That was life before Kaltura.
Kaltura is an open-source "video application server" and has been getting tremendous press. After spending a half-hour on the phone with co-founder Shay David today, I can see why. This is such a cool open-source opportunity. According to the company's Web site:
Kaltura's open-source platform enables any site to seamlessly and cost-effectively integrate advanced interactive rich-media functionalities, including video searching, uploading, importing, editing, annotating, remixing, and sharing. Kaltura' goal is to bring interactive video to every site and to create the world's largest distributed video network.
As the Web gets richer video content, Web publishers are going to want to have more control over the process by which video content is managed and delivered through their sites. This is why Wikipedia chose Kaltura to bring video to every one of its entries. Wikia, Remix America, and others (e.g., New York Public Library) are also using it.
The reason is clear: If a content provider wants to innovate, it needs an open-source platform with which to do so. Building on a proprietary platform is a dead-end.
As with Ringside and social networks, Dimdim with Web conferencing, JasperSoft and Pentaho with business intelligence, etc., open source makes a huge amount of sense for service and content providers by putting such customers in control and allowing them to tailor-fit software to their needs.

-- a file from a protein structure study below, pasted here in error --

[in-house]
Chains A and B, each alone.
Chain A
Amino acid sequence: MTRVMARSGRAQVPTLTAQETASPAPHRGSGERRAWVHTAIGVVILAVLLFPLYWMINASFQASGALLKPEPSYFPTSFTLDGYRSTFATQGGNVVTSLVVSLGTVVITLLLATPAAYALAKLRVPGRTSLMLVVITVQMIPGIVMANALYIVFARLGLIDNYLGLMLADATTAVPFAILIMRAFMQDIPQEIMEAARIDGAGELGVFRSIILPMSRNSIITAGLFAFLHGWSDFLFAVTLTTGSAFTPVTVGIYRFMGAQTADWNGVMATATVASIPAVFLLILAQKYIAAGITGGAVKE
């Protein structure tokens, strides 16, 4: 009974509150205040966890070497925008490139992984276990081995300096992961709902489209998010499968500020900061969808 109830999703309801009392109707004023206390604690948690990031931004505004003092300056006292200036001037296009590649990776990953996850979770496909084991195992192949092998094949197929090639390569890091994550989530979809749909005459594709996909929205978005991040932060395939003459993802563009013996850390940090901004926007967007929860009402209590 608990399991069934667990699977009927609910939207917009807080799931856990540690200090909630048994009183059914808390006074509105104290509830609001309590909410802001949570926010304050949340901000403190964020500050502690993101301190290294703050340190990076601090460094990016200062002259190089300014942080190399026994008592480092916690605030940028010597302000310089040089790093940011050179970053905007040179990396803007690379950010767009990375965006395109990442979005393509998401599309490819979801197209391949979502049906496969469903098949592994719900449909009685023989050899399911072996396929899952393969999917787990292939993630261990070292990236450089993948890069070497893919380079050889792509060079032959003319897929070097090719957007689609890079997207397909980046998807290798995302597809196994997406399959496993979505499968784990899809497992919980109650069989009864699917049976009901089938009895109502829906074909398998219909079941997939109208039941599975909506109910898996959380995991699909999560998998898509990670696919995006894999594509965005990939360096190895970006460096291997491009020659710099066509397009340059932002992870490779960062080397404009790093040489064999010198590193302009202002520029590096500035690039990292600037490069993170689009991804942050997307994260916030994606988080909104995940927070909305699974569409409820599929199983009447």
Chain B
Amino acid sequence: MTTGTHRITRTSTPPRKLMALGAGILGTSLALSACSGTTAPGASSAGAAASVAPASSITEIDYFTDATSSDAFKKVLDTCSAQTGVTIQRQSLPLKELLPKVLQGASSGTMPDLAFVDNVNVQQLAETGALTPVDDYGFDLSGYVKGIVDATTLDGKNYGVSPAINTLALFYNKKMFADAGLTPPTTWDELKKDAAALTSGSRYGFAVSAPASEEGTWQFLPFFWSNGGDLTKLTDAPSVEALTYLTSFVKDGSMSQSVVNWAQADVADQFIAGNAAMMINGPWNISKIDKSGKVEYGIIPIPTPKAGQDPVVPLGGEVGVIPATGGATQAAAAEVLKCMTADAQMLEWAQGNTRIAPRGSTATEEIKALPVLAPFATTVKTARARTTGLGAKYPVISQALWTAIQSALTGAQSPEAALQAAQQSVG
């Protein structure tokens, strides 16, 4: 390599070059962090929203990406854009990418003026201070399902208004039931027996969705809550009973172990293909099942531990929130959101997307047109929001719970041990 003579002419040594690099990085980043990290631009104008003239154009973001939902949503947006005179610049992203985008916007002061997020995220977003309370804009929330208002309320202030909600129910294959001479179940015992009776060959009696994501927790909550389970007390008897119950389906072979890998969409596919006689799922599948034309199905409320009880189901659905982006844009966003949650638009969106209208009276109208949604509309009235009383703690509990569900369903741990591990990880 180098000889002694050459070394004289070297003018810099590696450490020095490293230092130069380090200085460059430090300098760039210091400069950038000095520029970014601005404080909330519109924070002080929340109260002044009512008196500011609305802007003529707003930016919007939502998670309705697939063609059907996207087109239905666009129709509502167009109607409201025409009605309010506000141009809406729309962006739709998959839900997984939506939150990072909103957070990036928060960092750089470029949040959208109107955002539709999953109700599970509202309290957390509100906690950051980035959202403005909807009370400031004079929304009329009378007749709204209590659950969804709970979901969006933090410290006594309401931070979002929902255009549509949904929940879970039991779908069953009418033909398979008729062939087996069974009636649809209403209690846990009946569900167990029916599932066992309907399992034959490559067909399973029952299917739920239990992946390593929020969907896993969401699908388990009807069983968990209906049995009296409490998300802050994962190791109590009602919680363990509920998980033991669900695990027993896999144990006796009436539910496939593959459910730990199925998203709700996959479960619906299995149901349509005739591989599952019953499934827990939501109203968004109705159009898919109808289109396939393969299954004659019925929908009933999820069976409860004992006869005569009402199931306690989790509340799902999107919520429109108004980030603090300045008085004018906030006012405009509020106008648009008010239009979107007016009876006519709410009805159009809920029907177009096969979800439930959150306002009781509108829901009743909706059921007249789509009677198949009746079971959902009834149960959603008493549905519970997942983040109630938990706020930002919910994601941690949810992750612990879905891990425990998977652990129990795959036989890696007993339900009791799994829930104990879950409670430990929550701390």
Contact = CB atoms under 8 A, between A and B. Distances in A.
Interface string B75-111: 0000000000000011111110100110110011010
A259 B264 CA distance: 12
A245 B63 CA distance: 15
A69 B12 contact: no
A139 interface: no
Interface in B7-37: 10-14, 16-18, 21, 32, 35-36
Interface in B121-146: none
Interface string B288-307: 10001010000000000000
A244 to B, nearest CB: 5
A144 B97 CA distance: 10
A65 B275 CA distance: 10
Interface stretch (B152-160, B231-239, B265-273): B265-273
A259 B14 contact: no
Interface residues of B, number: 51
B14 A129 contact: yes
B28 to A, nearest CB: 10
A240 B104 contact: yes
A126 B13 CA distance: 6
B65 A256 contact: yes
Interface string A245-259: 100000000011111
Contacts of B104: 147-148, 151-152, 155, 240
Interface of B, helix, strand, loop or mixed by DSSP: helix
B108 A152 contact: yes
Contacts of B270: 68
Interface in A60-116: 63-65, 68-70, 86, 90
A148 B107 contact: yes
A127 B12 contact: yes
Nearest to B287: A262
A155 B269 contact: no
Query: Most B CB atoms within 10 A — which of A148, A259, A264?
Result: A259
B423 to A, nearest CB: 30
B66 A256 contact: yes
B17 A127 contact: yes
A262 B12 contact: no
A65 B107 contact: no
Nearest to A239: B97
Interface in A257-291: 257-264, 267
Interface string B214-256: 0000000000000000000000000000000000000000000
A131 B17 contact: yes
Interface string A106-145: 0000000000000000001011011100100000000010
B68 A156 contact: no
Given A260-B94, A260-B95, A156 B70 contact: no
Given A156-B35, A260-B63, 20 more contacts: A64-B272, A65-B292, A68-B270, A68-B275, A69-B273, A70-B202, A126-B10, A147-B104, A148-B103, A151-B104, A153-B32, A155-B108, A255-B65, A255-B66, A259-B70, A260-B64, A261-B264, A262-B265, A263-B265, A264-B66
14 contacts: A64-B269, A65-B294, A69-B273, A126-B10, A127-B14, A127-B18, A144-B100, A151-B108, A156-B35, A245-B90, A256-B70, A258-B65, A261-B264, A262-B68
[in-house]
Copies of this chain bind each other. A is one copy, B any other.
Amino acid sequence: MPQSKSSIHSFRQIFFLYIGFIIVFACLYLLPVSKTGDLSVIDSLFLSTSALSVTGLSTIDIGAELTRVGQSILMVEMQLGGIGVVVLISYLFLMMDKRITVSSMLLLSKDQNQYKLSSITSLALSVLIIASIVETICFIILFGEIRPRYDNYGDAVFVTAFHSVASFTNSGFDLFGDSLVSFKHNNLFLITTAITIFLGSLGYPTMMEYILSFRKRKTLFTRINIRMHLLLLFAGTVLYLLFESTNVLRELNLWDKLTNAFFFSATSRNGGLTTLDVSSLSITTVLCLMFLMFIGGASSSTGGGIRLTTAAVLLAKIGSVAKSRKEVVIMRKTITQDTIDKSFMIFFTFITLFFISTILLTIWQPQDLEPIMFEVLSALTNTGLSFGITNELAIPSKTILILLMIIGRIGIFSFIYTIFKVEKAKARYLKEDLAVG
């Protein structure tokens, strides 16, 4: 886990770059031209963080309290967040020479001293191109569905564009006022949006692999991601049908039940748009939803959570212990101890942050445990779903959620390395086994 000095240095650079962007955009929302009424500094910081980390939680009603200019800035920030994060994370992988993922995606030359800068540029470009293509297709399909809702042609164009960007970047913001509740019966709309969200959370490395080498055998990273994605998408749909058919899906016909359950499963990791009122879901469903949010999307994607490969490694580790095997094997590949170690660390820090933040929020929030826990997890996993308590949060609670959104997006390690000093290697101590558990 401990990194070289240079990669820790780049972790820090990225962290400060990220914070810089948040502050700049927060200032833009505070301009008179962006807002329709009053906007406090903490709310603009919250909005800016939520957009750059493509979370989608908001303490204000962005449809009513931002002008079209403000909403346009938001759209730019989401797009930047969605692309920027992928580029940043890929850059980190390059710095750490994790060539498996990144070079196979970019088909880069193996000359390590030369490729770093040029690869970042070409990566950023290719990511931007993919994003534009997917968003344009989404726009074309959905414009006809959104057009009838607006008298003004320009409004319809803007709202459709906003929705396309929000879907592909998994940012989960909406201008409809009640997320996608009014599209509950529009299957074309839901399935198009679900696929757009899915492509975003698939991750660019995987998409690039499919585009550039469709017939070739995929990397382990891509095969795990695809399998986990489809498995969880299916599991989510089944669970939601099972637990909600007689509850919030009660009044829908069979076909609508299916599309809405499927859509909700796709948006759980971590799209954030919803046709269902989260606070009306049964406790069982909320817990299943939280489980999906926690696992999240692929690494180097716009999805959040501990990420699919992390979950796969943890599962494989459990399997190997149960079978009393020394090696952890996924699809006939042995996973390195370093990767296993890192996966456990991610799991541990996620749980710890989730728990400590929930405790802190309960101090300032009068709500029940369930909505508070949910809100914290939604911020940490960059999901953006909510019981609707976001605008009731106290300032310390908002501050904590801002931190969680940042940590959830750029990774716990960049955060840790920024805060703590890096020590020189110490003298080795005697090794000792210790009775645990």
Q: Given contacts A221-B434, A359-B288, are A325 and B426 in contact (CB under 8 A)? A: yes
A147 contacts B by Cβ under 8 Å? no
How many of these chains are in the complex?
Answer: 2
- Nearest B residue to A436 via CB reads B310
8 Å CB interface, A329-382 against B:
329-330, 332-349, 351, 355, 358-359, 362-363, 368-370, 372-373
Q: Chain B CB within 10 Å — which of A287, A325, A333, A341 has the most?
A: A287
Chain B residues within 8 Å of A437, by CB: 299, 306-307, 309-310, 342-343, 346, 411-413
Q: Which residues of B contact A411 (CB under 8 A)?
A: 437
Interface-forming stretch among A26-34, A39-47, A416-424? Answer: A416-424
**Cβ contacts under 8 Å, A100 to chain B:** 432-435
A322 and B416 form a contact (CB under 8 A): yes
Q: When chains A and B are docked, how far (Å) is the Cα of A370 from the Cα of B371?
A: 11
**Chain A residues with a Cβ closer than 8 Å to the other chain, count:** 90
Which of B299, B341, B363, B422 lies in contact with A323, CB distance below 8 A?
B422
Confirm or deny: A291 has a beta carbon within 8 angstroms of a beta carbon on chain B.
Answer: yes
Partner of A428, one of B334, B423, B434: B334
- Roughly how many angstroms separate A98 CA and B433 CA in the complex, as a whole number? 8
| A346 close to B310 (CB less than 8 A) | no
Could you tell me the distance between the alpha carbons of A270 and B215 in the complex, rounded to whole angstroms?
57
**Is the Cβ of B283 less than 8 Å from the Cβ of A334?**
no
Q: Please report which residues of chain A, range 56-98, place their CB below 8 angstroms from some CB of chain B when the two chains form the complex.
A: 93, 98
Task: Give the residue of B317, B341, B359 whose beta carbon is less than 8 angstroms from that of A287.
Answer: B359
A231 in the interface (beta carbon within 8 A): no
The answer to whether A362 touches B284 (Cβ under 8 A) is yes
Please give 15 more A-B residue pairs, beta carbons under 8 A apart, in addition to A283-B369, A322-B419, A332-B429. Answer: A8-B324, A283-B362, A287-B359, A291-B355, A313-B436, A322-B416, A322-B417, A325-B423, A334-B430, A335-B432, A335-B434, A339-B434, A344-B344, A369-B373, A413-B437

I asked Shay how open source benefits Kaltura, never mind the benefits to its customers. He indicated that a range of functionality has been contributed from its community, things that might not be the center of Kaltura's attention but which are very important to certain members of its community. In open source, everyone is a product manager of sorts and can add to the product's corpus.
Kaltura has a golden opportunity to dramatically reshape the Web, making video pervasive, compelling, and cheap. This is one of those open-source companies to keep a very close eye on.
By the way, I also really like the revenue model. There is a Community version available to download, and then a hosted/SaaS version for those who want Kaltura to take that headache away. It's completely based on the LAMP stack, of course, and suggests a highly promising business model. Download and install for free, or let Kaltura take that burden upon itself for a fee. Loopfuse and others are experimenting with this model. I think it's a winner.